Quantitative real-time RT-PCR (qRT-PCR).

PA14 wild-type and mutant cells were grown in 5 ml LB at 37 °C with agitation in the presence or absence of 6CABA or 4CABA at 6 and 1.5 mM, respectively. 6CABA and 4CABA were dissolved directly in LB media. Samples of three independent cultures were harvested at OD600 2.5; total RNA was purified using the RNAeasy spin column (Qiagen) and cDNA was prepared. qRT-PCR was carried out using the IQ5system (Bio-Rad) and primers hcp1-F (5′-GGGTGAGTCCAAGGACAAGA-3′), hcp1-R (5′-GGACACCAGGACTTCCTTCA-3′); hcp2-F (5′-GGCTTCAACCACGAAGTGAT-3′), hcp2-R (5′-AGGTGATCTTGCGGTAGGTG-3′); hcp3-F (5′-GGATGCGATCATTCTCGATT-3′), hcp3-R (5′-GGTCGAGGTGTCGATGAACT-3′); and rpoD-F (5′-CTGATCCAGGAAGGCAACAT-3′), rpoD-R (5′-TGAGCTTGTTGATCGTCTCG-3′). The rpoD or rplU gene was used as a housekeeping control, since earlier reports have demonstrated that rpoD and rplU transcription is independent of the P. aeruginosa growth stage or environmental conditions (Kuchma et al., 2005; Mah et al., 2003), and we have found similar results in our various microarray experiments. The data were expressed normalized to rpoD or rplU transcript as indicated. Both rplU and rpoD are accepted standards for normalizing P. aeruginosa qRT-PCR data, and both genes provided similar results.

Infection models

Mouse acute lung infection model.

An acute lung infection model was used as described by Comolli et al. (1999). Briefly, P. aeruginosa cells were grown to OD600 3.0. The bacteria were then harvested and washed in saline solution, and 5×106 bacteria were administered intranasally in 20 μl and survival was monitored for 7 days. Eight animals were used per group. The animal protocol used was approved by the Massachusetts General Hospital Institutional Animal Care and Use Committee. Survival curves were calculated with the Kaplan–Meier procedure (SPSS version 15), see below. The log-rank test was used to compare survival curves, and a P value below 0.05 was considered significant.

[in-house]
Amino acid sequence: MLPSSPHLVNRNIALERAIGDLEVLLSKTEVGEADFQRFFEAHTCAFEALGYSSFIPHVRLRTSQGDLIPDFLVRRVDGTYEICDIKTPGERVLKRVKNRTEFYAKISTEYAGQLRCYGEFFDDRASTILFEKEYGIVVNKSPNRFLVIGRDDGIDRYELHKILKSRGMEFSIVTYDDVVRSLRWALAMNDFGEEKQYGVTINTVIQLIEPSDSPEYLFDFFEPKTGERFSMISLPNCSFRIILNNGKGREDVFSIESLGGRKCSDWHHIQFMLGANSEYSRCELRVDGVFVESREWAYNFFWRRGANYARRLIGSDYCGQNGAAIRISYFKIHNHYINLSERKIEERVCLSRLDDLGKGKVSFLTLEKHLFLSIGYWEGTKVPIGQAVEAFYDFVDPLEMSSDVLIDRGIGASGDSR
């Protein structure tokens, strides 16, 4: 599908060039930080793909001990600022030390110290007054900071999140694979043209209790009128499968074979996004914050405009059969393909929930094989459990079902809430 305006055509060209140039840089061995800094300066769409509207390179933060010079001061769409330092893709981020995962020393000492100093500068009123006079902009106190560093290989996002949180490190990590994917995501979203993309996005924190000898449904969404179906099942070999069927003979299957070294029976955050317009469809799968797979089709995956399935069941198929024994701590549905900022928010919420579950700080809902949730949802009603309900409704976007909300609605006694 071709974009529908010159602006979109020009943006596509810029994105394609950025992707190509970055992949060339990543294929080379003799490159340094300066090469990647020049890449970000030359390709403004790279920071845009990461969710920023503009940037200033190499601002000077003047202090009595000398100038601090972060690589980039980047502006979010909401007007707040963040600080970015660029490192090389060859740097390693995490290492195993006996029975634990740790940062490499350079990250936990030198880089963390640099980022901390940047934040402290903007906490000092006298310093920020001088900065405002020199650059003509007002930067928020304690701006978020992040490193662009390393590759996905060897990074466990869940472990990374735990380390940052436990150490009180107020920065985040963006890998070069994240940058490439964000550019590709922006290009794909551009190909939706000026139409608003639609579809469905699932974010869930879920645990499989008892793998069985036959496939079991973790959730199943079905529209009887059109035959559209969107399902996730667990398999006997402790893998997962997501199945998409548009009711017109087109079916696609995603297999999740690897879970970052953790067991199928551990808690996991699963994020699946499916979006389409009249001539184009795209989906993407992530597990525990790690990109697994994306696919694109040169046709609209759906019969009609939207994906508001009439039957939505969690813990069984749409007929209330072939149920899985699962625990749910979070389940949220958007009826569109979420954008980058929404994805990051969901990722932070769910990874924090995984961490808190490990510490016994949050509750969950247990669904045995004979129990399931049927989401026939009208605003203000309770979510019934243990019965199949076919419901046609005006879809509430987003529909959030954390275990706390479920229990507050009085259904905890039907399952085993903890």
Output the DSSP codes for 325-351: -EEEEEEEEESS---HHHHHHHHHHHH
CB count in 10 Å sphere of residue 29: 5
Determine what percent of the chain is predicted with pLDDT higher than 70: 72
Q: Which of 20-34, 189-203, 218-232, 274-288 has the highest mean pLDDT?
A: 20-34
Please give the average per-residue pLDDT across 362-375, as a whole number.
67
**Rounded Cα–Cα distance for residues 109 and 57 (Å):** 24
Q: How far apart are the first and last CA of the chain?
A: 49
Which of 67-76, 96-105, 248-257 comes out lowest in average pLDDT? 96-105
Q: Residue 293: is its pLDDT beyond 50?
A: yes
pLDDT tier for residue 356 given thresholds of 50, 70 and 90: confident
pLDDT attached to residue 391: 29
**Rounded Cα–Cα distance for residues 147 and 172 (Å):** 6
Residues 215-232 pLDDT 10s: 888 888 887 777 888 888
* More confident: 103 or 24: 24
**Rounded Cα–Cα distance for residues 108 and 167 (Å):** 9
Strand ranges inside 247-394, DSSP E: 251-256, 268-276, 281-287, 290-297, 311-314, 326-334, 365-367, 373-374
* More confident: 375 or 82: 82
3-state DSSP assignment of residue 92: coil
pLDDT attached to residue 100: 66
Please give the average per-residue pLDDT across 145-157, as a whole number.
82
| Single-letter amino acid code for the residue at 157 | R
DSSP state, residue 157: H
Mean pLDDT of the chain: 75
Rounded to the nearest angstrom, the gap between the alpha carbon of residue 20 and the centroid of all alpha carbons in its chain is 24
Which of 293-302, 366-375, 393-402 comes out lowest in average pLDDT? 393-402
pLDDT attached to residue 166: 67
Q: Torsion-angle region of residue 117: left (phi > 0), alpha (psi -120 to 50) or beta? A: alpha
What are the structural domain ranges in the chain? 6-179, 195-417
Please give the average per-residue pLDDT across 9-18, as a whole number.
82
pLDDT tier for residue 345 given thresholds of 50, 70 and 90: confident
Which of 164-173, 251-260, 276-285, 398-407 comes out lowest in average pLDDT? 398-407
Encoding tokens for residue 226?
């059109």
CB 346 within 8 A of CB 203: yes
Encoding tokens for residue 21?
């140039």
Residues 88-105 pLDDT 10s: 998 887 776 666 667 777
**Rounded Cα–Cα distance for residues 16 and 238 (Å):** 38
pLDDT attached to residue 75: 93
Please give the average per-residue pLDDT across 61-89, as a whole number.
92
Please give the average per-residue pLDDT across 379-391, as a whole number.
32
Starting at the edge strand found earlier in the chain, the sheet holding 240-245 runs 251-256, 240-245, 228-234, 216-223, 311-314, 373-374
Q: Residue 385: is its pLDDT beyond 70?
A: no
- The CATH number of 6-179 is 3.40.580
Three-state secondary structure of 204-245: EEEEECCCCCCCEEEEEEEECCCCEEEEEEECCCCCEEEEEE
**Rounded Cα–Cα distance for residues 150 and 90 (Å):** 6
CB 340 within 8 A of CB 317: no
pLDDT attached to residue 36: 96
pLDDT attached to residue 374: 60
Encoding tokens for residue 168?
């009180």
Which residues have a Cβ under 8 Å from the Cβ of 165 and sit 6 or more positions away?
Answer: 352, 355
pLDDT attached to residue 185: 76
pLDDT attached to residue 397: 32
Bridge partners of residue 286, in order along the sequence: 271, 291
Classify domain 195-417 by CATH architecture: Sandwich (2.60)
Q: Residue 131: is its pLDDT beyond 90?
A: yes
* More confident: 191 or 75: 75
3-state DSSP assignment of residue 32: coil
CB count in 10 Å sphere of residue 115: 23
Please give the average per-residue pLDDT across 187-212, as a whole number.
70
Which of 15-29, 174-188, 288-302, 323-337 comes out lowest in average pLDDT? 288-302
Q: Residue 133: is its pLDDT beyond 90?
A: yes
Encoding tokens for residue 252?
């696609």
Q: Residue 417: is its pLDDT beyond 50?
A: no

Mouse burn and infection model.

Murine thermal burn injury and infection experiments were performed as described previously (Lesic et al., 2007; Rahme et al., 1995). Briefly, 5×105 P. aeruginosa cells were injected intradermally into the burn eschar, and mouse survival was monitored post-infection (Rahme et al., 1995). Eight animals 6–8 weeks old were used per group. The parental strain PA14 was used as a control.

Plant infection model.

Five-week-old Arabidopsis thaliana ecotype Llagostera (Ll-O) were leaf-infiltrated with P. aeruginosa ΔHSI-II and ΔHSI-III mutants as described previously (Rahme et al., 1995; Starkey & Rahme, 2009). The parental strain PA14 was used as a control. The plants were kept in a growth chamber during the course of the experiment at 30 °C and at high relative humidity. Bacterial c.f.u. and intensity of water soaking symptoms caused by the mutant strains were assessed and compared with that of the parental strain at 1, 2 and 3 days post-infection. Bacteria were harvested from the leaf intercellular fluid and bacterial counts were determined by plating on Rifampicin LB agar plates (100 μg ml−1). Four different samples were obtained with two leaf discs per sample.

Statistical analysis.

Statistical analysis of the animal survival curves was performed using the Kaplan–Meier method (Kaplan & Meier, 1958) in the SPSS software package (version 15, SPSS). Differences between mutant and wild-type survival kinetics were assessed using the log-rank (Mantel–Haenszel) test to compare the Kaplan–Meier survival curves of mutant and wild-type. Two-tailed values of P ≤0.05 were considered statistically significant. The Kaplan–Meier survival curve of PA14 was significantly different from that of ΔHSI-II (P = 0.0159). The P values of plant infection studies were calculated using the t test.


Protein sequence analysis of HSI-I, -II and -III reveals commonalities, yet suggests distinct roles for each locus